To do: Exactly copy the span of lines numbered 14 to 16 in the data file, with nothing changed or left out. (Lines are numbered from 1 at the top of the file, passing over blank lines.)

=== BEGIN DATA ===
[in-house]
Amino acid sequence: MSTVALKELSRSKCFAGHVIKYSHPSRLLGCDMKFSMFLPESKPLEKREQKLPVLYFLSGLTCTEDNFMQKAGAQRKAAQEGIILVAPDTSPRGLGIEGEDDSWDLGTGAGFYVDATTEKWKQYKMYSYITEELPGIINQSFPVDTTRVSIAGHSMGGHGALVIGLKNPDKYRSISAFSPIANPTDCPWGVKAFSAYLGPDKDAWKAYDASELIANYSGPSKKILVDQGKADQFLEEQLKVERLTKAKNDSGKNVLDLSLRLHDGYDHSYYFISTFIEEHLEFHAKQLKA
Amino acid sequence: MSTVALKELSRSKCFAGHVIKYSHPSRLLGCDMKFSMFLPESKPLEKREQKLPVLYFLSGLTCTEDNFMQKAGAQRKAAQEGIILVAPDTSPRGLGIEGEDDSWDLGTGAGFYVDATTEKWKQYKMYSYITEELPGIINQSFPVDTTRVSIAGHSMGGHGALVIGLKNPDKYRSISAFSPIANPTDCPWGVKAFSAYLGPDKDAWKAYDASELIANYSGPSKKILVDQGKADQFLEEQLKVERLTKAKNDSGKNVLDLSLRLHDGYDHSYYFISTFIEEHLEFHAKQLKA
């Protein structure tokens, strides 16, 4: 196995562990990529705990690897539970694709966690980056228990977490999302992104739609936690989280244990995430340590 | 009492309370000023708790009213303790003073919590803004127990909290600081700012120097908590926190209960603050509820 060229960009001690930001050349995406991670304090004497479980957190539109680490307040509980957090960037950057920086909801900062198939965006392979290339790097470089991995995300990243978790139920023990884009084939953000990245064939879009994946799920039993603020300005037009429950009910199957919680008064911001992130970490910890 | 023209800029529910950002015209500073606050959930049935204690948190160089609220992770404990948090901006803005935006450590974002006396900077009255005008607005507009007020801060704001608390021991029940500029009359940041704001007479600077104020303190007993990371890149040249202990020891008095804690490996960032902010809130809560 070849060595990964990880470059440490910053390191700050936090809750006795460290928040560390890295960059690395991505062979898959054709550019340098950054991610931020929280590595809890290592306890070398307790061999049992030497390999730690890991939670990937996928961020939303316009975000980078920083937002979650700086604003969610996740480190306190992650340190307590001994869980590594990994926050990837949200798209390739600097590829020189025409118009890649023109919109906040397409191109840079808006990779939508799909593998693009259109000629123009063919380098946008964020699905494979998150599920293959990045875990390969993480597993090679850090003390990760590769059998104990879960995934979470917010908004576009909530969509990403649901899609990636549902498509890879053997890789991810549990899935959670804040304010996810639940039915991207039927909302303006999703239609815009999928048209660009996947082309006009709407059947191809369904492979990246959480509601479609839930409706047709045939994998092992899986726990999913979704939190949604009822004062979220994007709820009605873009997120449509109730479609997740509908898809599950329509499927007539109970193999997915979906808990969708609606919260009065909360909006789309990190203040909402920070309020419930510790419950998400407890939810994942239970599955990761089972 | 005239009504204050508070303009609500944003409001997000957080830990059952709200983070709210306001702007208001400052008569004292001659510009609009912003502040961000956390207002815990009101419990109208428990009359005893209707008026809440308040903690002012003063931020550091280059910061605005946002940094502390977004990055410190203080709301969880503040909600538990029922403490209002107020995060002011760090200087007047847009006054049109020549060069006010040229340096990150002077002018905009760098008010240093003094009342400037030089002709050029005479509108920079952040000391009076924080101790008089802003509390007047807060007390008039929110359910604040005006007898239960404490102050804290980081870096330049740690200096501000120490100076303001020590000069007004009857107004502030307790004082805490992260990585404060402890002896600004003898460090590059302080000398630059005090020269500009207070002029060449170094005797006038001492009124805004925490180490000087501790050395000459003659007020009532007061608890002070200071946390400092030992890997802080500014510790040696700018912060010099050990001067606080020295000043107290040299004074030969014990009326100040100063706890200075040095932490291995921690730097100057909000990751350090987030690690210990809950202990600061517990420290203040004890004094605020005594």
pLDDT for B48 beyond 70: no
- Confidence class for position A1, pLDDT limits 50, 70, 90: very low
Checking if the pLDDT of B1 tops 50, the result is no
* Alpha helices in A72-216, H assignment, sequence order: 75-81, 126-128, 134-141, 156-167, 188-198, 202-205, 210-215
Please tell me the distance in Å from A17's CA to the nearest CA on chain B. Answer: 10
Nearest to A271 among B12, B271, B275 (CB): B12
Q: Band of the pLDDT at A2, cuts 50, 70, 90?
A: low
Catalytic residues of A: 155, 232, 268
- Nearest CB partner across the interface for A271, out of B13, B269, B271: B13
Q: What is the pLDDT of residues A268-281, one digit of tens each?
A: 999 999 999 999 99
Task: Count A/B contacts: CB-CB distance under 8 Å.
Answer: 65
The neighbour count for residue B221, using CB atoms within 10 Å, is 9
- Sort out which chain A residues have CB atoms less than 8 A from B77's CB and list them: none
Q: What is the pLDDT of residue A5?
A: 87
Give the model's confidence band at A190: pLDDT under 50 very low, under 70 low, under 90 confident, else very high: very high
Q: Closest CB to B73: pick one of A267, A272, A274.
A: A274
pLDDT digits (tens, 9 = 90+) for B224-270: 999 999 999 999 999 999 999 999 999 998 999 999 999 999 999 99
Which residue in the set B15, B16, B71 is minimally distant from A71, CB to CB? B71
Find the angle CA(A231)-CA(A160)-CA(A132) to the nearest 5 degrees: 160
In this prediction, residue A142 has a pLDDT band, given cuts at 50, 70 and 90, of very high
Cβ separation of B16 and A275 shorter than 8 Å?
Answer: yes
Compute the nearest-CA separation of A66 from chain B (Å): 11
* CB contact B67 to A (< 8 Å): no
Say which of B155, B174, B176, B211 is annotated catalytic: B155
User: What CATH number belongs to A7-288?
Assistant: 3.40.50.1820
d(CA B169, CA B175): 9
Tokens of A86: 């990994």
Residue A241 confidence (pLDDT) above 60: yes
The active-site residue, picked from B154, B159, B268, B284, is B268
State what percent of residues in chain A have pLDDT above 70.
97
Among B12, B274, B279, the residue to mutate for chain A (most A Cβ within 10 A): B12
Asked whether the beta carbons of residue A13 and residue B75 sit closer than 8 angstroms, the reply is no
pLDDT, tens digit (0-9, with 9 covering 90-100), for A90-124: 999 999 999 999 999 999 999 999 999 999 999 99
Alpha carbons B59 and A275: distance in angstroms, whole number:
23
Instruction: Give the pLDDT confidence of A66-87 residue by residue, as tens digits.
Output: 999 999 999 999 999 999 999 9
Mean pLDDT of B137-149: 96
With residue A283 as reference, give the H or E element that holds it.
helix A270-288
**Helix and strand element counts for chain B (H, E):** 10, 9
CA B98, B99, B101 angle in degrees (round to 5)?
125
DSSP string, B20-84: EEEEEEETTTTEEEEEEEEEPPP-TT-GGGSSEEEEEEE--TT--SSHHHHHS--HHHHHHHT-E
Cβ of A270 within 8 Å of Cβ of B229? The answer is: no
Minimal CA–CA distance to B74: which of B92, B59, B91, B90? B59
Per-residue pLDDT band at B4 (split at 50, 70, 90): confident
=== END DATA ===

- Nearest CB partner across the interface for A271, out of B13, B269, B271: B13
Q: What is the pLDDT of residues A268-281, one digit of tens each?
A: 999 999 999 999 99